Housing Affordability

Housing affordability will be at its highest in a generation this year.

The affordability index is comprised of median home prices, median family income, and the prevailing mortgage rate. An index of 100 implies that a median income family has just enough income to buy a median priced home. An index of 120 implies that a median income family has 20 percent more income than is necessary to buy a median priced home. The index reached an all-time high (since the data creation in 1970) of 174 in 2010. This year, it looks to surpass 180. The rising affordability is a combination of lower home prices, record low mortgage rates, and a slight rise in family income.


In short, there hasn’t been a better home buying opportunity in 40 years.

However, not all people have the necessary confidence to make a major expenditure like a home purchase in an uncertain economic environment. More importantly, the underwriting standards are overly stringent. Those who are currently able to get conforming mortgages have an average credit score of 760. Under normal underwriting standards (and not the lax underwriting of the bubble years), credit scores would be closer to 720 on conforming mortgages. For FHA mortgages, today’s borrowers have an average credit score of 700, compared to historic FHA borrowers who had an average credit score of 660. If the underwriting standards were just to return to normal then there could be an additional 15 to 20 percent increase in home buying activity.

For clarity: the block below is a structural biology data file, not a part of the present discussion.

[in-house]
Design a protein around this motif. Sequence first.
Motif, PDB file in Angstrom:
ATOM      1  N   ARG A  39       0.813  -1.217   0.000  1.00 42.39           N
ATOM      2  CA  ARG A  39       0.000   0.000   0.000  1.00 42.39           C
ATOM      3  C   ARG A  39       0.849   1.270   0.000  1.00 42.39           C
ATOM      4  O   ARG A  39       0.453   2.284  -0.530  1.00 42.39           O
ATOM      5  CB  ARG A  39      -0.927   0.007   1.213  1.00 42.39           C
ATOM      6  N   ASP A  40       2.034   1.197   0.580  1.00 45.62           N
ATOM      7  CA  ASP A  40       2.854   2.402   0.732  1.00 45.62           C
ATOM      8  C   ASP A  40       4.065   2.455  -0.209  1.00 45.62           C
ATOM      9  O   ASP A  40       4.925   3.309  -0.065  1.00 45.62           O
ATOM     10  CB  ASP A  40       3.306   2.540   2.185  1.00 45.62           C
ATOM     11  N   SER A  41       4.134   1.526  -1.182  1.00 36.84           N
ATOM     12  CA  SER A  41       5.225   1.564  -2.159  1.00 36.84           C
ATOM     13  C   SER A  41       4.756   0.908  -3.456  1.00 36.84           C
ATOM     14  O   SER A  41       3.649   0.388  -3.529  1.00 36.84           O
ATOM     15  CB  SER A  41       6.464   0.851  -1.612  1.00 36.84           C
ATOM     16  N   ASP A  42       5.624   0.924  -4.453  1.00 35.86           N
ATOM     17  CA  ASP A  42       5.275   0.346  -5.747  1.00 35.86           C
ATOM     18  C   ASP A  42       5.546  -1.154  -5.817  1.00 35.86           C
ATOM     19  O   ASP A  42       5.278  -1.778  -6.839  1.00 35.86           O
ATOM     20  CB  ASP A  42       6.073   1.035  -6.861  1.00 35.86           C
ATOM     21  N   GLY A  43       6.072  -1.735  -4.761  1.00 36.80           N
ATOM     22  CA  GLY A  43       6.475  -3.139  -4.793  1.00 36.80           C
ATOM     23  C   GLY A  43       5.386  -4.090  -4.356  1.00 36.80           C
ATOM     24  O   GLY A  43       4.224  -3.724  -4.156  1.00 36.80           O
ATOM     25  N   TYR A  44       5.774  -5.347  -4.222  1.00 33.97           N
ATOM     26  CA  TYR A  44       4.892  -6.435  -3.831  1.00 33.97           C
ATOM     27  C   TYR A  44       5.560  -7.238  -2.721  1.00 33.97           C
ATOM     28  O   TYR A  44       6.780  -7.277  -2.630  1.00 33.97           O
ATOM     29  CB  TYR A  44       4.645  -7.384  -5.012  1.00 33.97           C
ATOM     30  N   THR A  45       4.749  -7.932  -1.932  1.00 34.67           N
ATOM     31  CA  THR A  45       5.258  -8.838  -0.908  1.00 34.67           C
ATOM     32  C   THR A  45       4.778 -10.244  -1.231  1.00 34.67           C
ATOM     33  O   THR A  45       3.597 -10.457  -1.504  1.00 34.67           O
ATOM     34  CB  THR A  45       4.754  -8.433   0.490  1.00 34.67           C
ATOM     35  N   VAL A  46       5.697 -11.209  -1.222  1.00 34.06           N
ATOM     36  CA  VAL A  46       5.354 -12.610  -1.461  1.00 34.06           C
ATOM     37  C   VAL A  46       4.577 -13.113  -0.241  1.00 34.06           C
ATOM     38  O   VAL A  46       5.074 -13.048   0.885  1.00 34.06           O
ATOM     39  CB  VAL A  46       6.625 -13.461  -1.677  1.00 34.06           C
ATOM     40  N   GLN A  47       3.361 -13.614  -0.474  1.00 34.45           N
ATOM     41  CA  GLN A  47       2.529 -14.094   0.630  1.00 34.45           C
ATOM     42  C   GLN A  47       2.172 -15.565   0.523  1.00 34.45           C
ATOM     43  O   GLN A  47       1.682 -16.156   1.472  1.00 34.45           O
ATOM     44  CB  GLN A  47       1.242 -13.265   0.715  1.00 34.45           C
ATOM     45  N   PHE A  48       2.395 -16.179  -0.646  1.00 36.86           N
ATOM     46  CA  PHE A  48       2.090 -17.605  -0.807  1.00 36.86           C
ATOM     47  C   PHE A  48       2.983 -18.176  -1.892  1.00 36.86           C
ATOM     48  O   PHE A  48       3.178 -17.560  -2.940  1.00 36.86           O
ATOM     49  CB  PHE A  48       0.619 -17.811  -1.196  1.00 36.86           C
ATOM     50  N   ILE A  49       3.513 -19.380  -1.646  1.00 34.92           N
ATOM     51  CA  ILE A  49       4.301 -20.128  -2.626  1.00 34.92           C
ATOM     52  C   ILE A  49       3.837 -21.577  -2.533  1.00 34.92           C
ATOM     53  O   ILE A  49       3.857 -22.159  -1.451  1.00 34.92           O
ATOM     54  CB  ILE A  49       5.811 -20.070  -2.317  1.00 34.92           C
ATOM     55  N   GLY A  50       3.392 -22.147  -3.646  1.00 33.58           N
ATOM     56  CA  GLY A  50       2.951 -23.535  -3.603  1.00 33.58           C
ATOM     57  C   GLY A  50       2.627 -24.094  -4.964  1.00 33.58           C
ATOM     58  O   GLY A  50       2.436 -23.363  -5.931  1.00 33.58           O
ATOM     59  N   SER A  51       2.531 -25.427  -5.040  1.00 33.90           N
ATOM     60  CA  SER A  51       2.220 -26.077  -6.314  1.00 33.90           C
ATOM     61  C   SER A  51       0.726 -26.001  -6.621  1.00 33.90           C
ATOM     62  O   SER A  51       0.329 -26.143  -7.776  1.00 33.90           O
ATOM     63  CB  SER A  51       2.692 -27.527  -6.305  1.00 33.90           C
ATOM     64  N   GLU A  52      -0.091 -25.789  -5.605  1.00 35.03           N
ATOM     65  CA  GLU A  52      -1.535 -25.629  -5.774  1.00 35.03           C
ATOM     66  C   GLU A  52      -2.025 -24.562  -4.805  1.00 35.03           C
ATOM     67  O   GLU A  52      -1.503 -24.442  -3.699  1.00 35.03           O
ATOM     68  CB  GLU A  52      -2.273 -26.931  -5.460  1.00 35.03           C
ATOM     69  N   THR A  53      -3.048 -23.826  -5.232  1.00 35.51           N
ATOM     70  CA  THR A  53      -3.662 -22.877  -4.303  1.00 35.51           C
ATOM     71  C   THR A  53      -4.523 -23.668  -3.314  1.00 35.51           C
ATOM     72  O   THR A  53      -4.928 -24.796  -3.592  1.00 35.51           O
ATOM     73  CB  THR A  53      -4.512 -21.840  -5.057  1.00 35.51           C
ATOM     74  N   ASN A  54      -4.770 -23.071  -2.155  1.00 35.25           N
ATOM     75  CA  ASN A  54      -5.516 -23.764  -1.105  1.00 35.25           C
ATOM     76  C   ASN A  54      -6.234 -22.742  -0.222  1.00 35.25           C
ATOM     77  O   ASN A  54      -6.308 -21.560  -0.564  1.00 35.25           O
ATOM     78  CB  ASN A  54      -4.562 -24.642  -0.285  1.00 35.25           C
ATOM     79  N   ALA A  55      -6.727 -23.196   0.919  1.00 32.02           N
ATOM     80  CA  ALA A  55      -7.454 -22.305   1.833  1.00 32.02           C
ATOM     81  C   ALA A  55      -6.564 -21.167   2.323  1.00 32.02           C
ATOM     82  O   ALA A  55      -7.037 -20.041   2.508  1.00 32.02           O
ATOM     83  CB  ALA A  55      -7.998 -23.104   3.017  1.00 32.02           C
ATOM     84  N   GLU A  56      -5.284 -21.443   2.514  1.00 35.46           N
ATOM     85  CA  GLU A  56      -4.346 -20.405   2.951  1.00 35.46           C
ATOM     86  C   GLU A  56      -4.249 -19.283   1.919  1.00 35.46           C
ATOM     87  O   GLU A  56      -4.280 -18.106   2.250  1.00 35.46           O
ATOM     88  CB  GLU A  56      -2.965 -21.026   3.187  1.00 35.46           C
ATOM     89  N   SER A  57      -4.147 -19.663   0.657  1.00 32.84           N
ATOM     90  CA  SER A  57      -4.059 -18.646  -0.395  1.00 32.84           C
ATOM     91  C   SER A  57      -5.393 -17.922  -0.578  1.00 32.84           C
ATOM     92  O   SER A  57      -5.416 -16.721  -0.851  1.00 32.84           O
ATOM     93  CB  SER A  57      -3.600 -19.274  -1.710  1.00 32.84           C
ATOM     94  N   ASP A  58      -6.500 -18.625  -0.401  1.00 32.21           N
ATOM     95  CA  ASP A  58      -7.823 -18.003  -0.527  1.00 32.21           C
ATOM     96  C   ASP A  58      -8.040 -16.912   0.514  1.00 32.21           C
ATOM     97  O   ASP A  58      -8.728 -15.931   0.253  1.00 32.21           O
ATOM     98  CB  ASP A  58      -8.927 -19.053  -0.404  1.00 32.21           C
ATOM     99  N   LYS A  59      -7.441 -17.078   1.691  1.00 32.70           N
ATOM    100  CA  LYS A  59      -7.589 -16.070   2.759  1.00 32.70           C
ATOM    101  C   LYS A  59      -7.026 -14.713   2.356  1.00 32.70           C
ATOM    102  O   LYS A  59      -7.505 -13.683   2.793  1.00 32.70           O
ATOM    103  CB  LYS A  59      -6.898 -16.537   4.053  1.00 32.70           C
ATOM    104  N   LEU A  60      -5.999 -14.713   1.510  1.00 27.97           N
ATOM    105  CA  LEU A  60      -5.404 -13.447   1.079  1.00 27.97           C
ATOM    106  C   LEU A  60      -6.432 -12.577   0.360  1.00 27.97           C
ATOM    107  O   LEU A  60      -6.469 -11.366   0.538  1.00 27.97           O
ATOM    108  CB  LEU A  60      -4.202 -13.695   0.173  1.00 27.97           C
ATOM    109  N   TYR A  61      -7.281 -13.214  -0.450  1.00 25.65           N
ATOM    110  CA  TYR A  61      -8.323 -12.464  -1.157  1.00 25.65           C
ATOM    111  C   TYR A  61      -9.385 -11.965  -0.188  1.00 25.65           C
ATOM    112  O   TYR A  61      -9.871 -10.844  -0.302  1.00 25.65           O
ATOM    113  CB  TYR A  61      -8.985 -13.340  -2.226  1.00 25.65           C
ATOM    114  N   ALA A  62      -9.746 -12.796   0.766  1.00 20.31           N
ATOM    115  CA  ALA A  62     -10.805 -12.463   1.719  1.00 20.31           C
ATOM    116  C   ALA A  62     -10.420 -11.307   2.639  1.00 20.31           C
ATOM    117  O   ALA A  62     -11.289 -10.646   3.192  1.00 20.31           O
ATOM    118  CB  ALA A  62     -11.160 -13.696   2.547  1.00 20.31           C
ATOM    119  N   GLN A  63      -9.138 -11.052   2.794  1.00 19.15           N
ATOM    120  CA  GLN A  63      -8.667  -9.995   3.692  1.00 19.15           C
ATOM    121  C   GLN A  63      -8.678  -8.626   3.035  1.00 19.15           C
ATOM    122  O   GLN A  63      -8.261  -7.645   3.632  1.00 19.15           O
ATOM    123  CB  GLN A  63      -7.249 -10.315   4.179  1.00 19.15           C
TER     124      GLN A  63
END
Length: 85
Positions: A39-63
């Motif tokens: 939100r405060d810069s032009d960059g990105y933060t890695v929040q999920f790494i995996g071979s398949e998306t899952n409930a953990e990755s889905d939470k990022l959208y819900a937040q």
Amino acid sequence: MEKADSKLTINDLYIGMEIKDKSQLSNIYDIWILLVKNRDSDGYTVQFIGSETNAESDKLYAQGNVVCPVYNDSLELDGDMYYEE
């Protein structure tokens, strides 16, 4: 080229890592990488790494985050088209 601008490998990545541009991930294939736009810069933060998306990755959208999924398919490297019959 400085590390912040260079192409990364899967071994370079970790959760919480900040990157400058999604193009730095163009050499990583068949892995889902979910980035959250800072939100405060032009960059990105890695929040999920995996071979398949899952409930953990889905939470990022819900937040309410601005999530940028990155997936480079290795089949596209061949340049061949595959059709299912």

Banks have plentiful cash reserves but are unwilling to lend. They are blaming the regulators, saying extra cash holding is needed in case of another catastrophic economic event and because the banks are uncertain about future regulatory rules. Under these circumstances any additional attempts by the Federal Reserve to lower interest rates via another third round of Quantitative Easing (QE3) and printing more money would be inconsequential to the housing market. All the while, printing money could pose higher inflation risks in the not-too-distant future. Simply getting the excess cash holdings held by the banks out to the borrowers will be the true, natural stimulus for the economy.

Lawrence Yun, PhD., Chief Economist and Senior Vice President

Lawrence Yun is Chief Economist and Senior Vice President of Research at NAR. He directs research activity for the association and regularly provides commentary on real estate market trends for its 1 million REALTOR® members.

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  1. Brian Teal

    Banks are aggressively looking to lend, but they are being tight in the sectors they are lending in. Owner occupied CRE is still a segment they are lending in, but I found the businesses are having cash flow and DSC issues. From what I discuss across the country, this is the norm now for mid-large business (small business is just getting hit HARD from all ends). However, we have lowered rates to below market, waived fees, and reduced the conditions and prerequisites in order to obtain quality loans. The larger banks seem to be battling for good loans and are being extremely competitive. SBA has been a factor in having loans qualified, so I see a big disconnect between stimulus funds reaching small business. However, Banks like BofA, Rabo, etc are starting Small Business segments to go after small business specifically; they must know something.